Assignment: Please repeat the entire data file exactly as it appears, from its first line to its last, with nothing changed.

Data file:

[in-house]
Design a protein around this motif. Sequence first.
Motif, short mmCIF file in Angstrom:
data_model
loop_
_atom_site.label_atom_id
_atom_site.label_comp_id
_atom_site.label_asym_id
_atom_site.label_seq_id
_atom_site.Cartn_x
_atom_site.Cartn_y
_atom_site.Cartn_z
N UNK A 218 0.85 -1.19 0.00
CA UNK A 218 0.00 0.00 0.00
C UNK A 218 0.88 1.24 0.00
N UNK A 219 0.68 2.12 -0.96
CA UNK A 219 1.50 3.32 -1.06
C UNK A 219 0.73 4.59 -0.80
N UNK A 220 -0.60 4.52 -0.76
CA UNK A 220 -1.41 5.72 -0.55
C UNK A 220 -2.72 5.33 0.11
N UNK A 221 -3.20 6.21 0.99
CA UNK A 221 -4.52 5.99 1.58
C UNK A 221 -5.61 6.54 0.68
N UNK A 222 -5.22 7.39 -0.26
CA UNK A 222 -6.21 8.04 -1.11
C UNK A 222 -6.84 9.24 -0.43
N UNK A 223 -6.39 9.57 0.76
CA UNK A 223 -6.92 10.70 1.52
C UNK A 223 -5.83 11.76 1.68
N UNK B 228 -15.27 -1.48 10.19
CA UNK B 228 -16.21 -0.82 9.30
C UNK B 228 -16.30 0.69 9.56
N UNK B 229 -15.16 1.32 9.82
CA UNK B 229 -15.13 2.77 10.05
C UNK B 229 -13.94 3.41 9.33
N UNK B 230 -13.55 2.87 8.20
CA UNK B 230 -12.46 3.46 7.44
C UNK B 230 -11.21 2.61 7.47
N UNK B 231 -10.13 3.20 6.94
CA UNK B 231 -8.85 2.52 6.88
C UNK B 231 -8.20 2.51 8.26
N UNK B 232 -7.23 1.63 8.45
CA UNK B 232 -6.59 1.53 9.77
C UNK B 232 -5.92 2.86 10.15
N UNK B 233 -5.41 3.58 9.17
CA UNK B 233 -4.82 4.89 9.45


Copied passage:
[in-house]
Design a protein around this motif. Sequence first.
Motif, short mmCIF file in Angstrom:
data_model
loop_
_atom_site.label_atom_id
_atom_site.label_comp_id
_atom_site.label_asym_id
_atom_site.label_seq_id
_atom_site.Cartn_x
_atom_site.Cartn_y
_atom_site.Cartn_z
N UNK A 218 0.85 -1.19 0.00
CA UNK A 218 0.00 0.00 0.00
C UNK A 218 0.88 1.24 0.00
N UNK A 219 0.68 2.12 -0.96
CA UNK A 219 1.50 3.32 -1.06
C UNK A 219 0.73 4.59 -0.80
N UNK A 220 -0.60 4.52 -0.76
CA UNK A 220 -1.41 5.72 -0.55
C UNK A 220 -2.72 5.33 0.11
N UNK A 221 -3.20 6.21 0.99
CA UNK A 221 -4.52 5.99 1.58
C UNK A 221 -5.61 6.54 0.68
N UNK A 222 -5.22 7.39 -0.26
CA UNK A 222 -6.21 8.04 -1.11
C UNK A 222 -6.84 9.24 -0.43
N UNK A 223 -6.39 9.57 0.76
CA UNK A 223 -6.92 10.70 1.52
C UNK A 223 -5.83 11.76 1.68
N UNK B 228 -15.27 -1.48 10.19
CA UNK B 228 -16.21 -0.82 9.30
C UNK B 228 -16.30 0.69 9.56
N UNK B 229 -15.16 1.32 9.82
CA UNK B 229 -15.13 2.77 10.05
C UNK B 229 -13.94 3.41 9.33
N UNK B 230 -13.55 2.87 8.20
CA UNK B 230 -12.46 3.46 7.44
C UNK B 230 -11.21 2.61 7.47
N UNK B 231 -10.13 3.20 6.94
CA UNK B 231 -8.85 2.52 6.88
C UNK B 231 -8.20 2.51 8.26
N UNK B 232 -7.23 1.63 8.45
CA UNK B 232 -6.59 1.53 9.77
C UNK B 232 -5.92 2.86 10.15
N UNK B 233 -5.41 3.58 9.17
CA UNK B 233 -4.82 4.89 9.45